the Center's past directors

Daniel J. Sherman, 2002-2008

Daniel J. Sherman served as Director of the Center for 21st Century Studies from 2002-08. A historian of nineteenth- and twentieth-century France, Professor Sherman received his B.A. in History and Literature from Harvard and his Ph.D. in History from Yale.  He is the author of two books: Worthy Monuments: Art Museums and the Politics of Culture in Nineteenth-Century France (Harvard University Press, 1989) and The Construction of Memory in Interwar France (University of Chicago Press, 1999), for which he received three national awards: the first annual J. Russell Major Prize, given by the American Historical Association for the best book in French history published in English, the Laurence Wylie Prize, awarded biennially by the Association for French Cultural Studies, and an Association of American Publishers Award as one of the best scholarly books published in 1999.  He is also coeditor of Museum Culture: Histories, Discourses, Spectacles (University of Minnesota Press, 1994), one of the pioneering texts in the field of critical museum studies, and of Terror, Culture, Politics: Rethinking 9/11 (Indiana University Press, 2006), and editor of Museums and Difference (Indiana, 2008).  His articles have appeared in such journals as American Historical Review, Art History, French Historical Studies, and Oxford Art Journal, and have been anthologized in German and Slovak translation as well as in English. 

Professor Sherman has received research awards from the American Council of Learned Societies and the American Philosophical Association, and fellowships from the National Endowment for the Humanities, the Institute for Advanced Study, the National Humanities Center, the Fulbright Senior Scholars Program, and the John Simon Guggenheim Memorial Foundation, and the Center for Advanced Study in the Visual Arts. In Spring 2004 he was a visiting professor at the École des Hautes Études en Sciences Sociales, Paris.

Professor Sherman's current research, ranging from ethnography to tourism to interior decorating, concerns French constructions of a primitive or savage "other" in the period 1945 to 1975. In this and other projects, such as a 2003 special issue of the journal French Historical Studies devoted to visual culture, which he edited with Mary Sheriff, he advocates and attempts to practice a cultural history as sensitive to the formal qualities of its objects as to the larger historical context of their production and reception.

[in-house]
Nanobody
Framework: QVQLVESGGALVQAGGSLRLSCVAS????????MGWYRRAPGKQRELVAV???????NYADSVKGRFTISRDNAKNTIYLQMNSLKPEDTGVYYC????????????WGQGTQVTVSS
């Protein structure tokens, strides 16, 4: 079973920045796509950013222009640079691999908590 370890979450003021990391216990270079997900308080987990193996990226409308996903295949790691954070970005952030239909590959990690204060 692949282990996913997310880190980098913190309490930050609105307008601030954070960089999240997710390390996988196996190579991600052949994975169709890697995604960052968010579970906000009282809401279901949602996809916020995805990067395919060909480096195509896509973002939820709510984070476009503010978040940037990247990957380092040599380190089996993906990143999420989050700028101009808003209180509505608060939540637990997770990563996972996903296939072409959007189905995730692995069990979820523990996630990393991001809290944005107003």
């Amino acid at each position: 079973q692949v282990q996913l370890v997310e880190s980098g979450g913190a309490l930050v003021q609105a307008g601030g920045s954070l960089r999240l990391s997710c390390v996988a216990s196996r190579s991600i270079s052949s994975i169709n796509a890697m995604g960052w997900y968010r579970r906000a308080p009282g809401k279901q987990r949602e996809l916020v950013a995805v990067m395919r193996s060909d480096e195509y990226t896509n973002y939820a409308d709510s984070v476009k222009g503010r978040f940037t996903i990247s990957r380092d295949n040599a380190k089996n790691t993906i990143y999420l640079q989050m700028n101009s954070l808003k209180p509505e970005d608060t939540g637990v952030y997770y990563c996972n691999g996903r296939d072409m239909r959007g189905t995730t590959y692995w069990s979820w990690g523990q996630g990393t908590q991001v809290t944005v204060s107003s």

During his tenure as Center director, Professor Sherman introduced several innovations. One of the most notable was his extending the Center's theme from one to two years, which allowed faculty to fit their applications more easily into their career trajectories, thereby enhancing the accessibilty and appeal of the Center's central program supporting faculty research. Other innovations by Professor Sherman included the posting of faculty and student working papers onto the Center's website; research workshops organized by faculty and graduate students; and the Center's annual conference having curricular materials for class tie-ins. All of these innovations broadened the Center's audience, deepened support for faculty and student research, and increased opportunities for interdisciplinary dialogue.

1968: The Center's Founding

The 1970s: Film, Performance, Language and Technology

The 1980s: Feminism, Modernism and Culture

The 1990s: Culture, Aesthetics, Aging and Animals

2000 to present




Center for 21st Century Studies

Merry Wiesner-Hanks

Center for 21st Century Studies / University of Wisconsin-Milwaukee
P.O. Box 413, Milwaukee, WI 53201 USA
tel: 414-229-4141; fax: 414-229-5964; email:



  Last updated 11/18/08 by DSC